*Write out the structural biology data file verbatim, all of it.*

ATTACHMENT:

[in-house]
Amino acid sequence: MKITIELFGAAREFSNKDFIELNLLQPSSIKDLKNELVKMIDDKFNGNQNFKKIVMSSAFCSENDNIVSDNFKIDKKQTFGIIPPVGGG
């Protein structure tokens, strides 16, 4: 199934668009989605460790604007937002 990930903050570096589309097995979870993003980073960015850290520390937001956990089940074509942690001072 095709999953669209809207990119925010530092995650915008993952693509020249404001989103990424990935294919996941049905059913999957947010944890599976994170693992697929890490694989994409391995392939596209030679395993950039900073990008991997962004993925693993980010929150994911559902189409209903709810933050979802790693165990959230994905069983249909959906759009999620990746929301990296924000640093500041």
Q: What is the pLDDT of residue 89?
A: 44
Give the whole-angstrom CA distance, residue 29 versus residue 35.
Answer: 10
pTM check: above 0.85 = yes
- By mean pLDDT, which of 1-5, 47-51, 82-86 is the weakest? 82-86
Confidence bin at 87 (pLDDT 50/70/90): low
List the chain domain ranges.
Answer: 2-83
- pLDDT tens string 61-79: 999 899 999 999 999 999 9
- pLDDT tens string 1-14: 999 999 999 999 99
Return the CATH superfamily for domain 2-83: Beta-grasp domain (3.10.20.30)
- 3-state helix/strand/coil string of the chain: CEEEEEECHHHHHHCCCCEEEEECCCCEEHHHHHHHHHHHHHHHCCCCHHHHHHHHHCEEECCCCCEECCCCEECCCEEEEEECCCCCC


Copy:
[in-house]
Amino acid sequence: MKITIELFGAAREFSNKDFIELNLLQPSSIKDLKNELVKMIDDKFNGNQNFKKIVMSSAFCSENDNIVSDNFKIDKKQTFGIIPPVGGG
């Protein structure tokens, strides 16, 4: 199934668009989605460790604007937002 990930903050570096589309097995979870993003980073960015850290520390937001956990089940074509942690001072 095709999953669209809207990119925010530092995650915008993952693509020249404001989103990424990935294919996941049905059913999957947010944890599976994170693992697929890490694989994409391995392939596209030679395993950039900073990008991997962004993925693993980010929150994911559902189409209903709810933050979802790693165990959230994905069983249909959906759009999620990746929301990296924000640093500041």
Q: What is the pLDDT of residue 89?
A: 44
Give the whole-angstrom CA distance, residue 29 versus residue 35.
Answer: 10
pTM check: above 0.85 = yes
- By mean pLDDT, which of 1-5, 47-51, 82-86 is the weakest? 82-86
Confidence bin at 87 (pLDDT 50/70/90): low
List the chain domain ranges.
Answer: 2-83
- pLDDT tens string 61-79: 999 899 999 999 999 999 9
- pLDDT tens string 1-14: 999 999 999 999 99
Return the CATH superfamily for domain 2-83: Beta-grasp domain (3.10.20.30)
- 3-state helix/strand/coil string of the chain: CEEEEEECHHHHHHCCCCEEEEECCCCEEHHHHHHHHHHHHHHHCCCCHHHHHHHHHCEEECCCCCEECCCCEECCCEEEEEECCCCCC